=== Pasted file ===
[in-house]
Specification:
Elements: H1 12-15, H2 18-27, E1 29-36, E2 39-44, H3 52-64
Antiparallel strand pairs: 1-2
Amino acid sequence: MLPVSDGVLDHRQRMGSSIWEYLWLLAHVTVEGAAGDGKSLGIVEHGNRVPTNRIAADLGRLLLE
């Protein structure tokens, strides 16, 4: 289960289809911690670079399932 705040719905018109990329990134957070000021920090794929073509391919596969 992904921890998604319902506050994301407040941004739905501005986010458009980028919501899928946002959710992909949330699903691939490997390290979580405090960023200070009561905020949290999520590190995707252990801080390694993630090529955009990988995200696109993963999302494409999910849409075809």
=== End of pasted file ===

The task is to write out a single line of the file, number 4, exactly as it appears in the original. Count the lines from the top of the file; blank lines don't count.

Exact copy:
Antiparallel strand pairs: 1-2